If your pup’s feet and abdomen appear to be swollen, this could show a fluid buildup in the body because of heart failure or heart enlargement. If you notice any swelling, contact your veterinarian right away. This could also be a sign of other conditions, such as Cushing’s, so ensure you talk to your vet immediately to rule out anything else.
Dogs with heart problems can suddenly start isolating themselves from other animals or people; this could be a sign of a heart condition. It’s important to monitor your pup and watch for any other potential signs or symptoms that may show something is wrong.
Some pets are also very stoic despite being sick. I had a greyhound who had cancer. Shortly after he started having symptoms, we found out he also had heart disease. He was so stoic we wouldn’t have known unless he began to cough suddenly.
You know your dog better than anyone else! Pay attention to the signs and get them taken care of as soon as possible.
Treatments for Heart Disease in Dogs
For treating heart disease in dogs, the approach will vary depending on the specific condition that the dog has. Some conditions and their treatments available for common heart conditions in dogs include:
Dilated Cardiomyopathy (DCM)
DCM is a condition that causes the heart muscle to become weak and enlarged, reducing its ability to pump blood effectively. Treatment for DCM may involve medications such as ACE inhibitors, beta-blockers, and diuretics to help manage the symptoms of heart failure.
Mitral Valve Disease
Mitral Valve Disease is a condition that involves the deterioration of the valves that separate the heart’s upper and lower chambers. Treatment may involve medications such as ACE inhibitors and diuretics to help manage symptoms and improve cardiac function. In some instances, they may also consider surgical options, such as valve repair or replacement, for several of these conditions.
Aortic stenosis involves the narrowing of the heart’s aortic valve, restricting the flow of blood out of the heart. Treatment may include medications such as diuretics and ACE inhibitors to help manage symptoms.
Arrhythmias involve irregular heart rhythms, causing inefficient blood flow and other issues. Treatment options may include medications such as beta-blockers or anti-arrhythmic drugs and pacemaker implantation in certain but rare cases.
Treatment for heart disease in dogs is typically most effective when it begins early. Regular check-ups with a veterinarian are essential for ensuring the best possible outcomes.
Besides these medical interventions, lifestyle changes such as regular exercise and weight management can also play an essential role in managing heart conditions in dogs. With the right treatment plan, many dogs with heart disease can enjoy a good quality of life for years to come.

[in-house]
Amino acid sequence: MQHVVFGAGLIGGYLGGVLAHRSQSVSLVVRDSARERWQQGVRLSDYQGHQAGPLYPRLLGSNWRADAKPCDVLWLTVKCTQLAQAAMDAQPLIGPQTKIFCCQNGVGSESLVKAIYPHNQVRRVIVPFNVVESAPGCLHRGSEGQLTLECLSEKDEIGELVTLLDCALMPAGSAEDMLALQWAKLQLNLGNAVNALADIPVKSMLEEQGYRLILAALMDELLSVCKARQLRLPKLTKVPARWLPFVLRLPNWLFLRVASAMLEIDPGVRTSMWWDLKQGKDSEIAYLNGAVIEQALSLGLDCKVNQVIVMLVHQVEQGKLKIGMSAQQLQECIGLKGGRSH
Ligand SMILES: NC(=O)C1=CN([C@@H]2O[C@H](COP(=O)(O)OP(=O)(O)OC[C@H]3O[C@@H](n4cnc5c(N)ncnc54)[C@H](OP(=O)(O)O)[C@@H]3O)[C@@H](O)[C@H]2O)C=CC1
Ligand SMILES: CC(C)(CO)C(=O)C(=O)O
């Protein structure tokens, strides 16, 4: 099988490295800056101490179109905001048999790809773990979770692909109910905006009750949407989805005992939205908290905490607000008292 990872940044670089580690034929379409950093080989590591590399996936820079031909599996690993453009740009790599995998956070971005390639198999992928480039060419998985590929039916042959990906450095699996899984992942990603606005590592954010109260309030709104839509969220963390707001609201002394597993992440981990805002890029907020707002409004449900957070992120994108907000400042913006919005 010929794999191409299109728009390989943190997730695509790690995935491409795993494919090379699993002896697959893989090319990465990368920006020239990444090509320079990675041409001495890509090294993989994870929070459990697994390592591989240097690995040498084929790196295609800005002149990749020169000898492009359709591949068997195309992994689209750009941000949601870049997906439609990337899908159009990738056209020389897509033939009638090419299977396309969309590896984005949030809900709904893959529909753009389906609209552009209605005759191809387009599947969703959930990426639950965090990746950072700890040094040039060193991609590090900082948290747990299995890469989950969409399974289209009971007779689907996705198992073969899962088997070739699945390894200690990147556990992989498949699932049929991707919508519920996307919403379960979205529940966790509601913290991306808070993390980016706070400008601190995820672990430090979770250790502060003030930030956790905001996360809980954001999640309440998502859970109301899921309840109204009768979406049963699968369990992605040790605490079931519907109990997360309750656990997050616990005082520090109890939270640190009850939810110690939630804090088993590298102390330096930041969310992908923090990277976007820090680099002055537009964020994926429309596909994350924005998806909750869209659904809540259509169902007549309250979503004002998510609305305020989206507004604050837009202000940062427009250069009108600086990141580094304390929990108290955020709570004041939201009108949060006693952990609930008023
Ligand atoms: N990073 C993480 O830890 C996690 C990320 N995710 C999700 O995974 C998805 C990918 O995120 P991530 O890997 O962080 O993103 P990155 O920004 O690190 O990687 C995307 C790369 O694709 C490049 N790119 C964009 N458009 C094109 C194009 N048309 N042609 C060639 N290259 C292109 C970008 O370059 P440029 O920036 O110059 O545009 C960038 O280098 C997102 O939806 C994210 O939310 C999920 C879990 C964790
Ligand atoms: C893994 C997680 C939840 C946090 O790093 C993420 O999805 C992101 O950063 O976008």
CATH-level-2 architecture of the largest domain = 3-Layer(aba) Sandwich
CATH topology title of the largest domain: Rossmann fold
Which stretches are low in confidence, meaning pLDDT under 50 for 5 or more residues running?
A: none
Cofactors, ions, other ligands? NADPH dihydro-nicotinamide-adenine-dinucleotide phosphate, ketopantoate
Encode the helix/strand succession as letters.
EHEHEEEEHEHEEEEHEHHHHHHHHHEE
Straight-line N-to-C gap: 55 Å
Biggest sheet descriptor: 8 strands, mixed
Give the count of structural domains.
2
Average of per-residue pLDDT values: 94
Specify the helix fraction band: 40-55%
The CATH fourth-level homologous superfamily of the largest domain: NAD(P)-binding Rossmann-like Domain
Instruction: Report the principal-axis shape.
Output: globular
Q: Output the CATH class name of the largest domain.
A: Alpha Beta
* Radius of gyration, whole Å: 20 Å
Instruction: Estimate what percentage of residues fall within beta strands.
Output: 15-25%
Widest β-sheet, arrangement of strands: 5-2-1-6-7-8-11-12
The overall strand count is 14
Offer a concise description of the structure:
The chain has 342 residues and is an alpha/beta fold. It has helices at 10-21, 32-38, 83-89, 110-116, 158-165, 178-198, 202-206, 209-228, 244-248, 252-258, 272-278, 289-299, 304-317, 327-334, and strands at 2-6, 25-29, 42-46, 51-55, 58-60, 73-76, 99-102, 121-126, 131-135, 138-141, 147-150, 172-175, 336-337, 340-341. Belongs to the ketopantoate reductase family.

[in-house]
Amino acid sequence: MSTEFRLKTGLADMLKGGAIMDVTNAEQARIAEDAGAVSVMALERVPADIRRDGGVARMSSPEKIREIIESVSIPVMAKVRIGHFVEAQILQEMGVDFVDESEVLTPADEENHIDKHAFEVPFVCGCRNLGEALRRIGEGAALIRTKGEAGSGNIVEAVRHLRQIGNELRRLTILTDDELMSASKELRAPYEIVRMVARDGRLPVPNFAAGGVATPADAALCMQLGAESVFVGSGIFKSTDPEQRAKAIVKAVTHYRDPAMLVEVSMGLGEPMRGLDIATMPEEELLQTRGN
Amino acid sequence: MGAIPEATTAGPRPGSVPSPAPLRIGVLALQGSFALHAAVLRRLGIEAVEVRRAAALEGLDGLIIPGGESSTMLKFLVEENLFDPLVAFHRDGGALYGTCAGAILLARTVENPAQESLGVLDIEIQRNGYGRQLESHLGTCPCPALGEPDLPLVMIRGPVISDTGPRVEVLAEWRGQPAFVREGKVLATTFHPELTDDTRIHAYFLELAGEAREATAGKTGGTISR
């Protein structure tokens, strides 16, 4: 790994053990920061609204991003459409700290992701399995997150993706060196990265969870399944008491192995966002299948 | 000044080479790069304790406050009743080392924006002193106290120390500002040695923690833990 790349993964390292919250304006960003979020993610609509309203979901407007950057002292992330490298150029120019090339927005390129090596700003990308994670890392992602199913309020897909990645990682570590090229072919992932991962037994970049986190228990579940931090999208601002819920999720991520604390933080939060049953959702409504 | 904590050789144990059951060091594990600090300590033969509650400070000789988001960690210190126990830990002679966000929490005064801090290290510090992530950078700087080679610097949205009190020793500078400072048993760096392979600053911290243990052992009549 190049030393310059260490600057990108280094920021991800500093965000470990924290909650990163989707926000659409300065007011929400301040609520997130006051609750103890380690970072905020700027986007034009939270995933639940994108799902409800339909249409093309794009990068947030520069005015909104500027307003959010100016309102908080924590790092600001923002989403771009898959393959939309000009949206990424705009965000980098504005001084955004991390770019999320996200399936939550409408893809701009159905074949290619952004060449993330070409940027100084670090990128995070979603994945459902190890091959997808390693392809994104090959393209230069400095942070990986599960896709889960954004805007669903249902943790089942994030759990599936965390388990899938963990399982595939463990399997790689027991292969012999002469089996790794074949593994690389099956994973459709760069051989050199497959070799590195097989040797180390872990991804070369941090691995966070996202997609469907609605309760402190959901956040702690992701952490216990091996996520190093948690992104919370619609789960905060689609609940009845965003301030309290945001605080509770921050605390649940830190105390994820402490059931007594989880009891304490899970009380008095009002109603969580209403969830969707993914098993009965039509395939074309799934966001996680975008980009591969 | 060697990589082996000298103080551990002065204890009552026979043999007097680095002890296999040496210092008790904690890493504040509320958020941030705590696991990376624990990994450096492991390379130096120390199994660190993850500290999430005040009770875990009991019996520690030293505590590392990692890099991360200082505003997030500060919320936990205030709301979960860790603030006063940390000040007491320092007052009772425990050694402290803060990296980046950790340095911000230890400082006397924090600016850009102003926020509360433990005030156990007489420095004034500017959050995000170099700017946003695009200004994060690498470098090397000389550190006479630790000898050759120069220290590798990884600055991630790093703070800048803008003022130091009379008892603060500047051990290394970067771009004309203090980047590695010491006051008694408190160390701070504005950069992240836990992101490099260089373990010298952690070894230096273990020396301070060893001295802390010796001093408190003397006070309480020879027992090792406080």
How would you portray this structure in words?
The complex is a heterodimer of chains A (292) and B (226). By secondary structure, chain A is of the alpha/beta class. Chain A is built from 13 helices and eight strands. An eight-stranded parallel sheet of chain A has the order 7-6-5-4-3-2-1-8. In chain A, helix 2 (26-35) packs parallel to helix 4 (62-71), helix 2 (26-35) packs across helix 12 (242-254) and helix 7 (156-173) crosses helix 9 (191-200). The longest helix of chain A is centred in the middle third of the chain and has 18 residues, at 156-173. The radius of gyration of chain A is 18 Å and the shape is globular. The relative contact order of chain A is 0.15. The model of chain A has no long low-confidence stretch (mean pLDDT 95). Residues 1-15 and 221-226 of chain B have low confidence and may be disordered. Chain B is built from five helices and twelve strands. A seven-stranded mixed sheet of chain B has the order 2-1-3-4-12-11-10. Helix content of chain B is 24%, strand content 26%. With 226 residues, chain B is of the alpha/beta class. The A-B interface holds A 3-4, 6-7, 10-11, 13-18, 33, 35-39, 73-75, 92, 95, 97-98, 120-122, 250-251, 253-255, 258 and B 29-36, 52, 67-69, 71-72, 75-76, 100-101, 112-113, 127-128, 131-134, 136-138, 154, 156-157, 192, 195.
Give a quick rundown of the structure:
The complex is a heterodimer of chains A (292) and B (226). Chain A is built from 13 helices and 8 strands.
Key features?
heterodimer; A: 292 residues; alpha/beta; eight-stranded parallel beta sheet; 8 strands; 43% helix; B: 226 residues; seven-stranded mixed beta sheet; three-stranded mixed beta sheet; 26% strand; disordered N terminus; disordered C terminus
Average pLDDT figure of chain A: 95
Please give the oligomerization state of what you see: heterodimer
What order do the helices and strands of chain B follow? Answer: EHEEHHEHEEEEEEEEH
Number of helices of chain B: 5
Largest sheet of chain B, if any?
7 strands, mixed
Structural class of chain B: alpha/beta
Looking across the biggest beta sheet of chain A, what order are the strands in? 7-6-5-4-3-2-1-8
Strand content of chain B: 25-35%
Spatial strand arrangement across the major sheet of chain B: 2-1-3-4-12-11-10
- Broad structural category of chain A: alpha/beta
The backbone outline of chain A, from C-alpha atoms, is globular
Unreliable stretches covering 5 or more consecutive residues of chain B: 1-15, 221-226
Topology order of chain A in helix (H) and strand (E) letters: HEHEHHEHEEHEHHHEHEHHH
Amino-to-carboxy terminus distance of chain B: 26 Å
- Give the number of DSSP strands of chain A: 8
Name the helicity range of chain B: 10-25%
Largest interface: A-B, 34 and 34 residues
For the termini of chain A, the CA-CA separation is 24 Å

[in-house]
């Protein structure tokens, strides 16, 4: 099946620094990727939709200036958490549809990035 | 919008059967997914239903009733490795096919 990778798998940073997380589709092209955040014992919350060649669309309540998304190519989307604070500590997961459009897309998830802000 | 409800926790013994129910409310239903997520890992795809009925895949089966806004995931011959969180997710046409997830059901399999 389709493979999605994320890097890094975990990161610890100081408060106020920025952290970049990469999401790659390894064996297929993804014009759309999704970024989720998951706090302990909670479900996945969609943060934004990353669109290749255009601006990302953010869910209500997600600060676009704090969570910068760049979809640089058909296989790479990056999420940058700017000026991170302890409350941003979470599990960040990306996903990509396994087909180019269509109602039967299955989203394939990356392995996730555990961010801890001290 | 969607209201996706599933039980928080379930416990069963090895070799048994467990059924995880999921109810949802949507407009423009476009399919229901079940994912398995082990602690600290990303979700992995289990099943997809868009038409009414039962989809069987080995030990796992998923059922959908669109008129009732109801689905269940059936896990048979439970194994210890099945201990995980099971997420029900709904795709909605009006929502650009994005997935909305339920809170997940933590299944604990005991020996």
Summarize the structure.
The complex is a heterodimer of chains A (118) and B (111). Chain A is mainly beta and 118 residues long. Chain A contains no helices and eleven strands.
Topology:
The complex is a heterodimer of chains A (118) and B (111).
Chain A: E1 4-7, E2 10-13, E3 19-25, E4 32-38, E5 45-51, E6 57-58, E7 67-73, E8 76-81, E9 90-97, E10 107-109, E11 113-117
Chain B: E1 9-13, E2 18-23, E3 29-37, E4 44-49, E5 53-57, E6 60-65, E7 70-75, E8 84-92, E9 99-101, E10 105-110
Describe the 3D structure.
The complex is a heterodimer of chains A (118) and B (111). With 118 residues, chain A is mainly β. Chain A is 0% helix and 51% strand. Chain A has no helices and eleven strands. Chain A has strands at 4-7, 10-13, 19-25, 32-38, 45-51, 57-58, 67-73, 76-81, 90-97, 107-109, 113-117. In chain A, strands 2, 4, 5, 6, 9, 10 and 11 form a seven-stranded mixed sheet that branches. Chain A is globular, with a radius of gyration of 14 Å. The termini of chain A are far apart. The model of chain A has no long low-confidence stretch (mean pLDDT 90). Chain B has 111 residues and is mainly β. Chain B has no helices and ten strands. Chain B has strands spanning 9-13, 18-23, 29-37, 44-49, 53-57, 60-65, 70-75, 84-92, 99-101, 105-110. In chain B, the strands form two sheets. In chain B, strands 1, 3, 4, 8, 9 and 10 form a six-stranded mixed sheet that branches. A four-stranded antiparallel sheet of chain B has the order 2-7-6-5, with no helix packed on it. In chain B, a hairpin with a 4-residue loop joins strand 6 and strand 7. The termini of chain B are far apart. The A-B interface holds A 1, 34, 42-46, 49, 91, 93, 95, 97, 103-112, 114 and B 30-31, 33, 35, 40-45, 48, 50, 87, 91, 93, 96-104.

How long do dogs live with heart disease?
The lifespan of a dog with heart disease can vary depending on many factors, including the specific condition the dog has, how early it was detected and treated, and the overall health of the dog. Dogs with heart disease can still live a good quality of life with proper management and treatment.
Can dogs recover from heart disease?
If your dog is overweight, it can be a significant risk factor for heart disease. Helping your pup to reach and maintain a healthy weight through diet and exercise can help reduce the strain on their heart. Also, ensure you provide them with nutritious food that contains essential vitamins and minerals that support cardiovascular health.
What is the final stage of heart failure in dogs?
The final stage of heart failure in dogs is often characterized by severe symptoms and may be life-threatening. As the condition progresses, the heart cannot pump blood effectively, leading to reduced circulation and organ damage.
Is heart failure in dogs sudden?
Heart failure in dogs can often come on suddenly, but it usually results from an underlying condition developing. Sometimes, symptoms such as coughing, difficulty breathing, changes in behavior, and weight gain or loss may develop gradually before heart failure occurs.
How can I check my dog’s heart?
Checking your dog’s resting heart rate can be helpful. To do this, place your hand on their chest, just behind their front legs, and feel for their heartbeat. Count the number of beats in 15 seconds and multiply it by four to get the beats per minute. A normal heart rate for dogs is between 60 and 140 beats per minute.
What is the most common heart condition in dogs?
The most common heart condition in dogs is congestive heart failure (CHF). A variety of conditions can cause CHF, including genetic defects, bacterial or viral infections, and problems with the valves of the heart.
Although these are some of the most common signs of heart disease in dogs, it is essential to remember that every dog can have different symptoms, and a diagnosis should be made by your veterinarian as soon as possible.
Treatment options vary depending on the severity of the condition. Early detection is key for providing your pup with the best possible care for heart disease or any other condition they may have. If you are concerned that your pup might suffer from heart disease, contact your veterinarian for an examination.
What’s your experience with heart disease in dogs? Do you have any advice for those going through the same? Let us know in the comments below.